To me, this is not an option. I like to decide by weighing up the pro’s and con’s by making a list; you should try it – forming a range of points for each side really helps to analyse the situation. When something is taking up a lot of head space, and it is difficult to focus on anything else because the answer is not immediately clear, the ‘List’ comes in very handy.

Big life decisions also come with lessons learned. Now in my early thirties, I have made my fair share of these, but I am aware that there are still plenty more to come.

Supporting a movement

Decisions also come with supporting movements and choosing what to stand behind. What do you want to invest your time believing?

Earlier this month (March 8) was International Women’s Day, a day where the achievements of women are recognised and celebrated. Since entering the corporate workforce in 2013, I have noticed as this day has become more widely celebrated each year, which can only be a good thing. As inequalities continue to exist, we have to appreciate and strive towards more activism in this space, which is precisely what this day acknowledges.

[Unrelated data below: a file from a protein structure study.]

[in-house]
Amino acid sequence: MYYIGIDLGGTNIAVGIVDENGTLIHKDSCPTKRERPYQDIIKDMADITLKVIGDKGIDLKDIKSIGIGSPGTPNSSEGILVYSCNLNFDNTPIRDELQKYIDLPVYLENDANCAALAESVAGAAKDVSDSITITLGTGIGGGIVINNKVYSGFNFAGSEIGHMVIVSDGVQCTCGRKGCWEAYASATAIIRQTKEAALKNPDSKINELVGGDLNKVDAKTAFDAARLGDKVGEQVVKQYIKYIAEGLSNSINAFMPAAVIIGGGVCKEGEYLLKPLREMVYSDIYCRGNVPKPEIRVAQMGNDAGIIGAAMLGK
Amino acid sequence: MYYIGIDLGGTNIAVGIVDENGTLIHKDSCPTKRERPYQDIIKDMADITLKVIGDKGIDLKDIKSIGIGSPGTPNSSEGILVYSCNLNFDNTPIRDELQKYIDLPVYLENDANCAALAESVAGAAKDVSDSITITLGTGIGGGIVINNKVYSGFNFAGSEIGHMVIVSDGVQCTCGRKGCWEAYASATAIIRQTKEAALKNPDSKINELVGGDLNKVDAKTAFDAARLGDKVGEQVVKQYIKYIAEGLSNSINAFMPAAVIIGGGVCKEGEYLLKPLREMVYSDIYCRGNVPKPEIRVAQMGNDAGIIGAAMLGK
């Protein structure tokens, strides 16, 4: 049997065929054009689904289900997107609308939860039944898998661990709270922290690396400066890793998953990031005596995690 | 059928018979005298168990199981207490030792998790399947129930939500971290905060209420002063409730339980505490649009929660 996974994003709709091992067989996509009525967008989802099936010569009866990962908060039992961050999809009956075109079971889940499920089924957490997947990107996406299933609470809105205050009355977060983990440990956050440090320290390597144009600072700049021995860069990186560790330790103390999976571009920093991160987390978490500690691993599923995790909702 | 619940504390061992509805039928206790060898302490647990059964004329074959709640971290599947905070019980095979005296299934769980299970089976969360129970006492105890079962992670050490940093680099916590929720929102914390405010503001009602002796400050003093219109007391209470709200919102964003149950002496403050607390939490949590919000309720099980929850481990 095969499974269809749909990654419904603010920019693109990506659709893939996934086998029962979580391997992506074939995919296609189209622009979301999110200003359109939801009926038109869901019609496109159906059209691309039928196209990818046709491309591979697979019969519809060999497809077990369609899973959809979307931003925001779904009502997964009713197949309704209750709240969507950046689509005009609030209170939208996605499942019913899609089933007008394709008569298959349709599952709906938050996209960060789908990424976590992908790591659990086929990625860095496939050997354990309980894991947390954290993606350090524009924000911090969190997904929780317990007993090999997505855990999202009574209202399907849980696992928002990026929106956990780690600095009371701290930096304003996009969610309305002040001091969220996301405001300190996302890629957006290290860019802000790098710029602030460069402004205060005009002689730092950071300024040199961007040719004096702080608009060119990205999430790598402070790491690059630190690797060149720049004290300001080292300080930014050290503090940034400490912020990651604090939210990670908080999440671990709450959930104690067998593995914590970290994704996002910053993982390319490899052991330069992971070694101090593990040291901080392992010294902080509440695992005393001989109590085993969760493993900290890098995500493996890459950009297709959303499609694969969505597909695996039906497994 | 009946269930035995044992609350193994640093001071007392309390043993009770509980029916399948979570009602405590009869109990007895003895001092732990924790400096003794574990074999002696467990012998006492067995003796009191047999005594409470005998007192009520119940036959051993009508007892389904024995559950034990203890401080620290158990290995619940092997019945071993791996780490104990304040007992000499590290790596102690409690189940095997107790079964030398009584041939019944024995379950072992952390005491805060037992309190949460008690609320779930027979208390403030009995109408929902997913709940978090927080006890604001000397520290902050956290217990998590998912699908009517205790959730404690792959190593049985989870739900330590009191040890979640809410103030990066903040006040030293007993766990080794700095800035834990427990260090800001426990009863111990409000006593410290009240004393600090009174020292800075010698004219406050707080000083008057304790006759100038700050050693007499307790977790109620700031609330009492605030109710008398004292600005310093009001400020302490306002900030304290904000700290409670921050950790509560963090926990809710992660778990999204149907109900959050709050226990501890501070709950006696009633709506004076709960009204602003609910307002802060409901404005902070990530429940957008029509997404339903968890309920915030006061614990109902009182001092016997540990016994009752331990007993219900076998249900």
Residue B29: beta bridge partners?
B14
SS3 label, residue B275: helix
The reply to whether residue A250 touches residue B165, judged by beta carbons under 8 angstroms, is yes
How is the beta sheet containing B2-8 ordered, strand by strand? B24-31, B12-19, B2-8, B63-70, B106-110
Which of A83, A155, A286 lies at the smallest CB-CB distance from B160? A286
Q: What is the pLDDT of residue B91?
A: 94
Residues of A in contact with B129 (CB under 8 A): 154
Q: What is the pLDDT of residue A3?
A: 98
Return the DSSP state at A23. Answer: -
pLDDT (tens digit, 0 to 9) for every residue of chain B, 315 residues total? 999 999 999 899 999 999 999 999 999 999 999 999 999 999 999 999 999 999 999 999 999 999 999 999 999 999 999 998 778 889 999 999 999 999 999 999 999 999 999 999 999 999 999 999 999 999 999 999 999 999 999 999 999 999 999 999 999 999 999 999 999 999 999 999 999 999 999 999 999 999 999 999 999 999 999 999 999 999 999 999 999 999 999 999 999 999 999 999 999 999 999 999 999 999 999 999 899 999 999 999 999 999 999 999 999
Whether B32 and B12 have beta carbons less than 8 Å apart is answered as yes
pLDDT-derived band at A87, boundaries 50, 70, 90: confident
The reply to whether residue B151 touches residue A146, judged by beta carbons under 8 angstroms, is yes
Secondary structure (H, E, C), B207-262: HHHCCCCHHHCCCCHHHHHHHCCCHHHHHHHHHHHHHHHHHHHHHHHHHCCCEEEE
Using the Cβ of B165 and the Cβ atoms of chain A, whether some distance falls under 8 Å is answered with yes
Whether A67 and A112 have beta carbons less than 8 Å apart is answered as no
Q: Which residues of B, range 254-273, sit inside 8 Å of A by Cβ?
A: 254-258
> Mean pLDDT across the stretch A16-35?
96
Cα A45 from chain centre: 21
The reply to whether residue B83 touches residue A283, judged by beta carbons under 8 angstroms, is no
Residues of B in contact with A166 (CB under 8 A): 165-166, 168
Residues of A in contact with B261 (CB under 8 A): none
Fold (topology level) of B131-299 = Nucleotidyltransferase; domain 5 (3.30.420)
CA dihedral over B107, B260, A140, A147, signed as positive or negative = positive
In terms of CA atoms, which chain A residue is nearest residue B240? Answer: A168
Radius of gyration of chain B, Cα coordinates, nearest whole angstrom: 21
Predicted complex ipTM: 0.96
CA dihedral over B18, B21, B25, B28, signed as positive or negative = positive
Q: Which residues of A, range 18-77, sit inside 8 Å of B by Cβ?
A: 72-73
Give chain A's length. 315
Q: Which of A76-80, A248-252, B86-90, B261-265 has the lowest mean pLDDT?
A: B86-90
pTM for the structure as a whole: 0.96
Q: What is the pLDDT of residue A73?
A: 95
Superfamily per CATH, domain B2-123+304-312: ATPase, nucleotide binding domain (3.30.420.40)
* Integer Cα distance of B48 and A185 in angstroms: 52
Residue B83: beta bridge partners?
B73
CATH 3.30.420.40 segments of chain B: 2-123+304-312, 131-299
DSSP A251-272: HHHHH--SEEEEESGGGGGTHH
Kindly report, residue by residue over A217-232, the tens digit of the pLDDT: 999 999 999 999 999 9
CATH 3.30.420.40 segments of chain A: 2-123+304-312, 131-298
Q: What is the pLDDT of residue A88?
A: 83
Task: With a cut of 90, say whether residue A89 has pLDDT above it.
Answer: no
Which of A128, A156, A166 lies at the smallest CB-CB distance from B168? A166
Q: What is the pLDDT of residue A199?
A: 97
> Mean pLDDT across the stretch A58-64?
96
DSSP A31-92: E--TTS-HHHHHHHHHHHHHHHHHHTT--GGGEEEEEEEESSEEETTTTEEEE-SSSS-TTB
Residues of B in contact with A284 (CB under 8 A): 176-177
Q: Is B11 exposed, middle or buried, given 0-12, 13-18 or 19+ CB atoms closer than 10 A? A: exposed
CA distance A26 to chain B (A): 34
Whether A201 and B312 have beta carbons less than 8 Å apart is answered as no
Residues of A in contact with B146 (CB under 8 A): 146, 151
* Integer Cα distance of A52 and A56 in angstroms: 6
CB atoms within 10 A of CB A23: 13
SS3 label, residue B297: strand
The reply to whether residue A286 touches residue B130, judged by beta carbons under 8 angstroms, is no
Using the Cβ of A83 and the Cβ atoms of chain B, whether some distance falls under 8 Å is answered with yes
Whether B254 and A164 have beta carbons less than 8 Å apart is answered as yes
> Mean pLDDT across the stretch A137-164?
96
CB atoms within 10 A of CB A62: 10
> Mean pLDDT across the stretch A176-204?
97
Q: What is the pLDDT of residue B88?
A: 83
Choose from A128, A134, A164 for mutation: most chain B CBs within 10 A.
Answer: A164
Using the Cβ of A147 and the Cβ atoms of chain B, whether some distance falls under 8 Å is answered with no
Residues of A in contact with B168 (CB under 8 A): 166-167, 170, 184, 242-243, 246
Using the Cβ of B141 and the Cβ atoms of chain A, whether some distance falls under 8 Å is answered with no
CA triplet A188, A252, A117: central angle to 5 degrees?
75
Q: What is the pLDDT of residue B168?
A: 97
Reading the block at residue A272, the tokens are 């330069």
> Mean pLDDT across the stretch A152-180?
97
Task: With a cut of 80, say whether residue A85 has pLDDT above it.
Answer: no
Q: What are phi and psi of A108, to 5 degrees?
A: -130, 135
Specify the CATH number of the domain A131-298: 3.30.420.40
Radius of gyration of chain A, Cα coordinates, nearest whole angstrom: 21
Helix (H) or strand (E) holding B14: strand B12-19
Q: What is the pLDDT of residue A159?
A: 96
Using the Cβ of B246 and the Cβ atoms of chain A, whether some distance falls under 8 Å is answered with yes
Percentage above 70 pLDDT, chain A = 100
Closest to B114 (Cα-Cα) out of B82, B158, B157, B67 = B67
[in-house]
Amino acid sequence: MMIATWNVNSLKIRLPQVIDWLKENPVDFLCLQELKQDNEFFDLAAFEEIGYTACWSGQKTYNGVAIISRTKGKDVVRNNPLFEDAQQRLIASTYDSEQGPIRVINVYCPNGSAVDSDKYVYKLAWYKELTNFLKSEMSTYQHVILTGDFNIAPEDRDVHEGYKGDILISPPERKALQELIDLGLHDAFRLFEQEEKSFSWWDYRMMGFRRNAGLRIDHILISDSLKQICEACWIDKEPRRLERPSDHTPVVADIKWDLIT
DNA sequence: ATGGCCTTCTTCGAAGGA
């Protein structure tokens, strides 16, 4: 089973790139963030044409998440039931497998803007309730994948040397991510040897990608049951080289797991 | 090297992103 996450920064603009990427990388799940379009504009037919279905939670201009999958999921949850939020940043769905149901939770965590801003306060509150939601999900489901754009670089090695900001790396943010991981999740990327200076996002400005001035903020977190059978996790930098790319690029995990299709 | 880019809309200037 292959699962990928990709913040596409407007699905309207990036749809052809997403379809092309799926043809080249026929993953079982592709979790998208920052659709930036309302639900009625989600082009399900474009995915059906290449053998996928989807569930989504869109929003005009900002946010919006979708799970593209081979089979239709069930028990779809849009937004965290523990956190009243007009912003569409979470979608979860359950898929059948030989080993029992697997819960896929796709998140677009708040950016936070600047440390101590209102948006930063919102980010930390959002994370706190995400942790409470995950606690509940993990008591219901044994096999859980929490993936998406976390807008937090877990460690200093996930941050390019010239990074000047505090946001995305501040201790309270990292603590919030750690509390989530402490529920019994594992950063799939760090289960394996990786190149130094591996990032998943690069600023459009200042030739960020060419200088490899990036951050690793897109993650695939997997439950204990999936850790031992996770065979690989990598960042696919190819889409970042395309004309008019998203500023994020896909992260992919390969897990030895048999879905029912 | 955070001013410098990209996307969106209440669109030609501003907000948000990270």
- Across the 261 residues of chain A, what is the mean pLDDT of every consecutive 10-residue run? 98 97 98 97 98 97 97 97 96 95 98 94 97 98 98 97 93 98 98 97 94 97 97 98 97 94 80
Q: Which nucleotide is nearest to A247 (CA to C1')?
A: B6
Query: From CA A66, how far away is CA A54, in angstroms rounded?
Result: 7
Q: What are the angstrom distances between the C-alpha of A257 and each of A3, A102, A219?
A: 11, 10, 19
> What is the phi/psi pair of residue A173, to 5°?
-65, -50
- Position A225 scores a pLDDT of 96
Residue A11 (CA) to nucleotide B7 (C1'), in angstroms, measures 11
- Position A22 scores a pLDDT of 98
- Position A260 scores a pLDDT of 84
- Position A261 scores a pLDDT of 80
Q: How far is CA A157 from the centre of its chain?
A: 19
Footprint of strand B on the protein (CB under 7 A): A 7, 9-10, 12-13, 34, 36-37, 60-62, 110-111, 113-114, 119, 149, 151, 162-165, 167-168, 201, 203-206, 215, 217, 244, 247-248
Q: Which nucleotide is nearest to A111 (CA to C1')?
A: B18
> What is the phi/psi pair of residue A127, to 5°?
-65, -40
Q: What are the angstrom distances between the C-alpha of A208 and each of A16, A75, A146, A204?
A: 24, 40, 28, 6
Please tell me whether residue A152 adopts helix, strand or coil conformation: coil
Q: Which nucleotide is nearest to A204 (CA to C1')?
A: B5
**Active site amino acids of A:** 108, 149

An appropriate level of rush

Last week I made the decision to venture into the city for the first time in a year. It was a big deal for me, which after so long at home I was quite excited by. Not because I was desperate to get back to the office but because I missed the morning commute, the food, the faces and experiencing something different every day. As you know, I have been enjoying my new routine, spending a whole lot more time at home with my husband and my dog. I sat on the early morning train watching passers-by and reflecting on how much things had changed in this past year. I also thought of the city rush I was about to experience, although I was expecting it to be much quieter than when I had last been there. I was keen to experience the city as it ‘wakes up‘, with less urgency and a slower pace.